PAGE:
Webinar My Health Record in the hospital setting
Video taken from the channel: My Health Record
Epic for doctors why we need an EHRS
Video taken from the channel: University College London Hospitals NHS Foundation Trust
Your Healthcare Record what is it and how is it used?
Video taken from the channel: CollegeofDietitians
Medical records and data-driven healthcare
Video taken from the channel: ACSQHC
What is My Health Record and Why are People Opting Out?
Video taken from the channel: Behind the News
How to Keep Electronic Medical Records
Video taken from the channel: International Myeloma Foundation
Your Medical Records: What you need to know
Video taken from the channel: Office of the National Coordinator for Health IT
Some suggestions for where to store copies: in your handbag, in your car’s glove compartment and in a first aid or medical emergency kit. You could try making one small enough to fit on an index card to keep in your wallet. Consider putting a copy on your refrigerator or inside a kitchen cupboard as well. There are three main ways to keep your PHR: on paper, using software on your computer, or online. All three are useful in their own way, but each offers tradeoffs in terms of convenience and accessibility.
Paper. Perhaps you’ve kept your health records in a paper file at your home, and whenever you needed it, you knew just where to find it. Ask for a copy of your record after each doctor’s visit or procedure. You can then create your own personal health record (PHR) by consolidating the information, including diagnoses, medicatio.
How to organize your health records GO DIGITAL.. Type up lists of your medications, vaccinations, and family history, and scan copies of imaging and other OR STICK WITH PAPER.. If you’re more comfortable with paper records, keep the most important information accessible so KEEP THE.
Regardless of how you choose to keep your personal health information, you may consider keeping records of the following: Current medications and pharmacy information Immunizations Allergies Health history (including past procedures, surgeries, illnesses, and family history) Test and lab results. If you see multiple doctors and they don’t use the same EHR system, a PHR is a good way to keep all of your health information in one place. A PHR also empowers you to manage your health between visits.
For example, a PHR enables you to: Track and assess your health. Get data directly. Some health apps make you manually type in or scan in your health information.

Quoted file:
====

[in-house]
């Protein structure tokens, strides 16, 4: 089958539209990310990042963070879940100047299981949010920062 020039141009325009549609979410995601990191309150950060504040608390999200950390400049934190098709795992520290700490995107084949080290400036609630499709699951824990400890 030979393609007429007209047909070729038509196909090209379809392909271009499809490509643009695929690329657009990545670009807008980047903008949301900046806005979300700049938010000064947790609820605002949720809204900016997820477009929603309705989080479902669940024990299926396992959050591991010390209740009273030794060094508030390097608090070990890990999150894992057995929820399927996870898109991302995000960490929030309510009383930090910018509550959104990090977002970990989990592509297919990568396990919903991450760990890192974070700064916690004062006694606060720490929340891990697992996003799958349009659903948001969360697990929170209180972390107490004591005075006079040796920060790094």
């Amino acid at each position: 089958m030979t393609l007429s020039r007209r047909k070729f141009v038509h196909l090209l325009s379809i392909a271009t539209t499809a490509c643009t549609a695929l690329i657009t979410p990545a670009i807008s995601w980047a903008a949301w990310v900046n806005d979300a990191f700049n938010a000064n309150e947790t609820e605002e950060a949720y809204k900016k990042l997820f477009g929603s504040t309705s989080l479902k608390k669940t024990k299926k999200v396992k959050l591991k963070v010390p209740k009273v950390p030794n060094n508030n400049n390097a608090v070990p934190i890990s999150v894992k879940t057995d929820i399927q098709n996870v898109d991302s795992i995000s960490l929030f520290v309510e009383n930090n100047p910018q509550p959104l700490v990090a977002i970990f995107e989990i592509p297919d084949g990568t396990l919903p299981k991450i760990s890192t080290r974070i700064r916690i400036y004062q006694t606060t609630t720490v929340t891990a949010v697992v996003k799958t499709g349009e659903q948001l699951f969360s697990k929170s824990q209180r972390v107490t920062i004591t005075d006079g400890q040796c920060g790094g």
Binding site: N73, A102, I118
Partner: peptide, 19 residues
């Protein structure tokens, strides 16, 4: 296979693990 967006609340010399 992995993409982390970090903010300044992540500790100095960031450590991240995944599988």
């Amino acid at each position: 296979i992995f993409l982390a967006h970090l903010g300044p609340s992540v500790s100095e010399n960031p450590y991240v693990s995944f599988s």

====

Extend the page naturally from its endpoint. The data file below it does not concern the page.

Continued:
Electronically transferring your electronic health record directly into the app is often safer — and makes it easier to keep your health information accurate and up to date. There are software programs designed to help you keep your own health records. Some are free, others have a price tag. If you don’t opt for one of these programs, you may simply choose to use a word processor and scanner to generate files on your own.
Once you have developed your records, you can transfer the files to a thumb drive to take with. Where to store your personal health record: Save electronic versions of your medical records obtained from the hospital in a file on your computer, or on a shared drive (like Google Drive) Organize physical copies of information in a three-ring binder or file folders Enter everything into a web-based PHR portal or computer-based software. In recent years, a trend has emerged that has seen patients taking responsibility for the storage and maintenance of their own medical records.
Unless you are in a health care system which provides you access to your electronic medical records (EMR), you will need to take steps to request copies for yourself.
List of related literature:
|from Kinn’s Medical Assisting Fundamentals E-Book: Administrative and Clinical Competencies with Anatomy & Physiology|
|from Medicare For Dummies|
|from Intelligent Medicine|
|from Transcend: Nine Steps to Living Well Forever|
|from Nursing Informatics: Where Technology and Caring Meet|
|from It’s My Ovaries, Stupid!|
|from The End of Illness|
|from Retail Management|
|from Medical Ethics Today: The BMA’s Handbook of Ethics and Law|
|from Communication: Core Interpersonal Skills for Health Professionals|